Wall Street’s earnings game reminds me of a political scene: the politicians are all sitting at a table, lying through their teeth, realizing that everyone else is lying, and grinning from ear to ear like some demented animal. For those who aren’t familiar with why earnings reports are called “the earnings game”, here’s how it works.
Quite honestly, none of the analysts and investors covering the stock have a friggin’ clue what the report will say, so when the report is released in the morning, the market goes haywire for the first half an hour. Because the report so so damn thick, there’s a lot to digest, even for their Harvard-certified brains. That is why in the first half hour after the report is released, you’ll see the market swing back and forth, like a child who can’t chose which candy he wants to buy at the store. There’s a ton of questions that everyone’s trying to figure out, such as:
Are sales increasing? How about operating expenses? Was it a one time revenue-bringer? Why did management buy back stock?
Case in point – few understand what the hell’s going on. However, some investors who laboriously pore through years of earnings reports, find how the market reacts to certain things, and understand how the management team plays the earnings game will have a huge edge: because the market swings widly when the report hits the wires, there’ll be big market inefficiencies that savvy investors and traders can exploit.
Now the funny part that reminds me of American politics is the conference call. The management team tries to vaguely explain to the analysts how the business works, and the analysts are just nodding their heads up and down and saying “ohhhhhh, ahhhh” when in reality, they have no friggin clue what’s going on. Everyone in the room (including the analysts themselves) knows that the analysts know next to nothing, and everyone in the room (including the corporate executives themselves) know that the executives are just playing a staged rehearsal. Although this game is really pointless, it continues because ultimately, the public is going to read the analysts’ reports, which will impact the stock price.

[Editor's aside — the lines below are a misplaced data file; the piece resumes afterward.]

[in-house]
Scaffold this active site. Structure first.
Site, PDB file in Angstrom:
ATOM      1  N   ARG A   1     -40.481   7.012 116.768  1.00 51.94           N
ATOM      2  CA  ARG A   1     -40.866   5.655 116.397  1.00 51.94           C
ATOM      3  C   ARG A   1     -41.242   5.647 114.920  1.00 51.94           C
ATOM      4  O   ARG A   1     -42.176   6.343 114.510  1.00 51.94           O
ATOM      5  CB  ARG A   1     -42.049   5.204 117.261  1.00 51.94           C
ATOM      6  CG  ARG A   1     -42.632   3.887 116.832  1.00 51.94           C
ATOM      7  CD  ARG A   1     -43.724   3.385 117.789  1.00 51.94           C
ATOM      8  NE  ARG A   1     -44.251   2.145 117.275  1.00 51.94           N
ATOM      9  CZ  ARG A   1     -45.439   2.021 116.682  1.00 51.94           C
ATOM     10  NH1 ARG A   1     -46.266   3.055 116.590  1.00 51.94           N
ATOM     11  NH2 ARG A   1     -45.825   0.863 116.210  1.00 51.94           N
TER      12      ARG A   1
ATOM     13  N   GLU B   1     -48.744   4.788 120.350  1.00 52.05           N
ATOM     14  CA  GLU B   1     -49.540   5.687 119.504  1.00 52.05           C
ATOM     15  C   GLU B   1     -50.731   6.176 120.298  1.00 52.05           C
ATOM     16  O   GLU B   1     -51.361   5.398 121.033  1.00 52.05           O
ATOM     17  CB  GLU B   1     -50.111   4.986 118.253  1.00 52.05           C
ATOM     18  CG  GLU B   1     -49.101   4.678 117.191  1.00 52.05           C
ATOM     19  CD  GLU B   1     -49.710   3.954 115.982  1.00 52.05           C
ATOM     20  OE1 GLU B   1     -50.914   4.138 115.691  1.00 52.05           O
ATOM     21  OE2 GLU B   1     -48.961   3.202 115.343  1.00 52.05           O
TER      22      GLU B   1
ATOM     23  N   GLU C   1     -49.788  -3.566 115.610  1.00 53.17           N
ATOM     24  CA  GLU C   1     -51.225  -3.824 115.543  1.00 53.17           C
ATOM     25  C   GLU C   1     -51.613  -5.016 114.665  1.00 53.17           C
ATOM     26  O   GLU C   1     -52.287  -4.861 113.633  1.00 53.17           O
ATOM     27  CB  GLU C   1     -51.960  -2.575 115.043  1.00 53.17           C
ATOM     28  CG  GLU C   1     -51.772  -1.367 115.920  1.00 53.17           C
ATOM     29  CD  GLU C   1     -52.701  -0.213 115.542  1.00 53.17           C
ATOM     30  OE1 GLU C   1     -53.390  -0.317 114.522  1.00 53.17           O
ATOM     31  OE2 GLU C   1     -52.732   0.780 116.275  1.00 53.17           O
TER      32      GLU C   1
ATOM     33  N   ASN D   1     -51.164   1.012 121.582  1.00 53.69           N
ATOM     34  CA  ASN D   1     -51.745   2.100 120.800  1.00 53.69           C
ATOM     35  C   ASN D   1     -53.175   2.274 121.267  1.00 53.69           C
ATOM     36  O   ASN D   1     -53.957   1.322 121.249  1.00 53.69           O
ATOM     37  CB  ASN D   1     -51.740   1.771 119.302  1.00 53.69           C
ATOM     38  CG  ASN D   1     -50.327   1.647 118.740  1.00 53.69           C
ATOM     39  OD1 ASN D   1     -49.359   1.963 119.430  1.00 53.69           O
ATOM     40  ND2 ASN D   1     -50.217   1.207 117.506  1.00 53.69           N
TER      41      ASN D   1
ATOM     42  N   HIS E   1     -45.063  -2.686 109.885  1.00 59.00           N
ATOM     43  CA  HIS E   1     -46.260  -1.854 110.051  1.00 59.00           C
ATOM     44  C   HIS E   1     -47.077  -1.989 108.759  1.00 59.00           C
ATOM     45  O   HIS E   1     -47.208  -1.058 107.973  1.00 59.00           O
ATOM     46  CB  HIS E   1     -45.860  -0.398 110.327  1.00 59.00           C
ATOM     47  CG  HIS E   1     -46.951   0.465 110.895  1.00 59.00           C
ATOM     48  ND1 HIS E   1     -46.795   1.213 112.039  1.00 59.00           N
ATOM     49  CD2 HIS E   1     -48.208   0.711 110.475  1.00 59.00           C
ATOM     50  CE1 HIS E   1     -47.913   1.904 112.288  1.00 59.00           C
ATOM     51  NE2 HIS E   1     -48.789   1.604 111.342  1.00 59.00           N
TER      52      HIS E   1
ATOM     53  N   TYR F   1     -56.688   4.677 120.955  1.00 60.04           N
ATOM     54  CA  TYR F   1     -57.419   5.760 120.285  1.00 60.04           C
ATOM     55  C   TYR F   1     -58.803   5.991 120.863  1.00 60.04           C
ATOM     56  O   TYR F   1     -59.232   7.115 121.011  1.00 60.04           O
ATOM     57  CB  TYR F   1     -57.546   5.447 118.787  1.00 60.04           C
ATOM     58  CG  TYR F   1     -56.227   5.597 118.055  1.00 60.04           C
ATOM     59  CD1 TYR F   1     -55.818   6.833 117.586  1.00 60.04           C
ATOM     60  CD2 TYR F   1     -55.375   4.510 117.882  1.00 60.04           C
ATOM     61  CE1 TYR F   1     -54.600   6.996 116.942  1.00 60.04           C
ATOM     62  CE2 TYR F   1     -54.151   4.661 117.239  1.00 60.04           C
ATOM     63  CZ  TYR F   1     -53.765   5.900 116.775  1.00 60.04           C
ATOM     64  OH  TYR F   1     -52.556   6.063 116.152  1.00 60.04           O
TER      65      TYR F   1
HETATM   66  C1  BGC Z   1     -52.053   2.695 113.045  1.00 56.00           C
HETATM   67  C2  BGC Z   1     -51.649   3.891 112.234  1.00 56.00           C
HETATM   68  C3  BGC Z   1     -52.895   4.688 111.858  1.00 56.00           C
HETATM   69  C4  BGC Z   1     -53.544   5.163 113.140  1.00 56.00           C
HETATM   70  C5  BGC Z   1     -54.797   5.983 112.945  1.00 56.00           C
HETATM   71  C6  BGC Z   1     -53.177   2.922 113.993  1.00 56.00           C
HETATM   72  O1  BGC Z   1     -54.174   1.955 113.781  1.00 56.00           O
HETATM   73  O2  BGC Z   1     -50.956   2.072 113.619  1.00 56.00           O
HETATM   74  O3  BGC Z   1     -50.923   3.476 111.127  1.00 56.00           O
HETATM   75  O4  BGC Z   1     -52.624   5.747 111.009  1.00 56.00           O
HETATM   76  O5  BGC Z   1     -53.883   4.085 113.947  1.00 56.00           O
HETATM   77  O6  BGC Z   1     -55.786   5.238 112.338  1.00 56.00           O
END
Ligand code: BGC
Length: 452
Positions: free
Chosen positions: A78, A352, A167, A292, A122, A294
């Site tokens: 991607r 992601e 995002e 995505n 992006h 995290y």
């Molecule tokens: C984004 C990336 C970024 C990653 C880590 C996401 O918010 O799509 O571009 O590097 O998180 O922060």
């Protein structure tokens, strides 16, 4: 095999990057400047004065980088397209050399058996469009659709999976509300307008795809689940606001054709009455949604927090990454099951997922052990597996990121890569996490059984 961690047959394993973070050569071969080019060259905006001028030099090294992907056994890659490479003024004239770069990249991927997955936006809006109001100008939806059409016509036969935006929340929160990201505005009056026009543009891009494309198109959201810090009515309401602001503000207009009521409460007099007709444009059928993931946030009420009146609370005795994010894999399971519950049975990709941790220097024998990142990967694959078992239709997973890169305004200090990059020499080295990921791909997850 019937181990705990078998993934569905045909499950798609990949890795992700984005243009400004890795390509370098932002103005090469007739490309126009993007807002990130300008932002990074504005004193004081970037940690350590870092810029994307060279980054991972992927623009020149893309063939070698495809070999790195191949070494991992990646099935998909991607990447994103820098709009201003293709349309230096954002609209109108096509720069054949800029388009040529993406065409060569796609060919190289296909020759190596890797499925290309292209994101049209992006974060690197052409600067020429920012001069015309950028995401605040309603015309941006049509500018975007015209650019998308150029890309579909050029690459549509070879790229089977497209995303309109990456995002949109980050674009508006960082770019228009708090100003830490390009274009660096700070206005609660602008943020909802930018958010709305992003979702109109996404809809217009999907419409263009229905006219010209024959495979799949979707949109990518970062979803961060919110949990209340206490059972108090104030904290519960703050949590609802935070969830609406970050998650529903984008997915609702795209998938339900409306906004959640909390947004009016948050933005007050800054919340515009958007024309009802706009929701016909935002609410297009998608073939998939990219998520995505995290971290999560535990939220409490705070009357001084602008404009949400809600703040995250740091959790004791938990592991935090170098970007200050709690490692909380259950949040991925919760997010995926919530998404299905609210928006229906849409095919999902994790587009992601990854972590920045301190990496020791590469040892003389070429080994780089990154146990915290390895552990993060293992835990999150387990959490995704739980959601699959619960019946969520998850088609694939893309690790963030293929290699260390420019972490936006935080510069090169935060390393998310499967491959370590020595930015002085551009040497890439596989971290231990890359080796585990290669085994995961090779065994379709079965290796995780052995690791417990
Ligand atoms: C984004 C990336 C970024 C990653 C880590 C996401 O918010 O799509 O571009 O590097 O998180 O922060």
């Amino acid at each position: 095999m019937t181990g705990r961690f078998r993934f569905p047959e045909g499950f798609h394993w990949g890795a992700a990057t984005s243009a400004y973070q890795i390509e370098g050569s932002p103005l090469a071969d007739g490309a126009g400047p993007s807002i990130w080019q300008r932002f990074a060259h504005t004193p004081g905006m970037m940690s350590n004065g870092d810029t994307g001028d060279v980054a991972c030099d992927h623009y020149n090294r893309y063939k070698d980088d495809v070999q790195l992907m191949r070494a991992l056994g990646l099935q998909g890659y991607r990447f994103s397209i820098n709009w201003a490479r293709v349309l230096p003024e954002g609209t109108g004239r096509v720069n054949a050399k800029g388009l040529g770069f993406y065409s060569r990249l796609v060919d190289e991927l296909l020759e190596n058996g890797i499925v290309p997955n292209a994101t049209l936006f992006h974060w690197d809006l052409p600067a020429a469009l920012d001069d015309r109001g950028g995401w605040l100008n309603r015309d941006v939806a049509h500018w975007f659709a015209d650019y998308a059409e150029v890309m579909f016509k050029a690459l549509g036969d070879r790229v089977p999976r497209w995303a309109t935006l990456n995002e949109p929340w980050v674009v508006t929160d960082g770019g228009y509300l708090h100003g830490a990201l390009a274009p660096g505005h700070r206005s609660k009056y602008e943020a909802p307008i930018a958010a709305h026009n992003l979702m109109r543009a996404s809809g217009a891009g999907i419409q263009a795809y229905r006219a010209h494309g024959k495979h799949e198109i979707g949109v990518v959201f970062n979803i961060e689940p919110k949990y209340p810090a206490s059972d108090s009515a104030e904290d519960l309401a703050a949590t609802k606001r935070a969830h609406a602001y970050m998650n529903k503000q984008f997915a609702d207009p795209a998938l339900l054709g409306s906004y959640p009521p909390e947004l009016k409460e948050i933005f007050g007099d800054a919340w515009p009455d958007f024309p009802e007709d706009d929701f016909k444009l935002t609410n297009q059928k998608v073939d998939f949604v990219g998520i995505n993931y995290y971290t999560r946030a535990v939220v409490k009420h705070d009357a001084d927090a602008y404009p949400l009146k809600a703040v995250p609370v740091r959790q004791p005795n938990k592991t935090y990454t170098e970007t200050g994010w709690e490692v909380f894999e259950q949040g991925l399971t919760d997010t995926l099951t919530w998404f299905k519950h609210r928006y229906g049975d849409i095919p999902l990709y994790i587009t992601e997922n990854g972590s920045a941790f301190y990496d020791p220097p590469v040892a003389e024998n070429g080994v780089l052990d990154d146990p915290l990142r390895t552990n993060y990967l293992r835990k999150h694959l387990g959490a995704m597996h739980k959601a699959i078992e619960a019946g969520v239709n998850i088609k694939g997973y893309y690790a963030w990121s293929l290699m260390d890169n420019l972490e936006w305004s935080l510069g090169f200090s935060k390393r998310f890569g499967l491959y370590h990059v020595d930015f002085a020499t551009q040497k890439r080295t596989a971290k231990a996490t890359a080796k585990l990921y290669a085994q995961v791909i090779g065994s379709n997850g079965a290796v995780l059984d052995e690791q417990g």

The companies you should want to buy are the ones that are run by executives who know how to play the earnings game. Here’s how the game is properly played: underpromise, and overdeliver. If the corporate suite sets high expectations, no one’s going to be excited when the company reaches those expectations. But if they set low expectations and overachieve, the market is going to go wild with exuberance. Companies that do this, such as Apple, show that they know exactly how to mess around with the stock price.
Now here’s the part where easy money actually exists. The analysts (who all have the CEO’s home phone number on speed dial) are falling over themselves saying “way to go, Joe!” (a.k.a. that’s basically market-speak for “outlook-boost coming right up!”) Essentially, it’s pretty obvious that the stock will rise once the earnings-estimates are raised, so all you got to do is hold onto the stock, wait for the market to bid up the stock price when the earnings-outlook is raised, and sell it at a profit.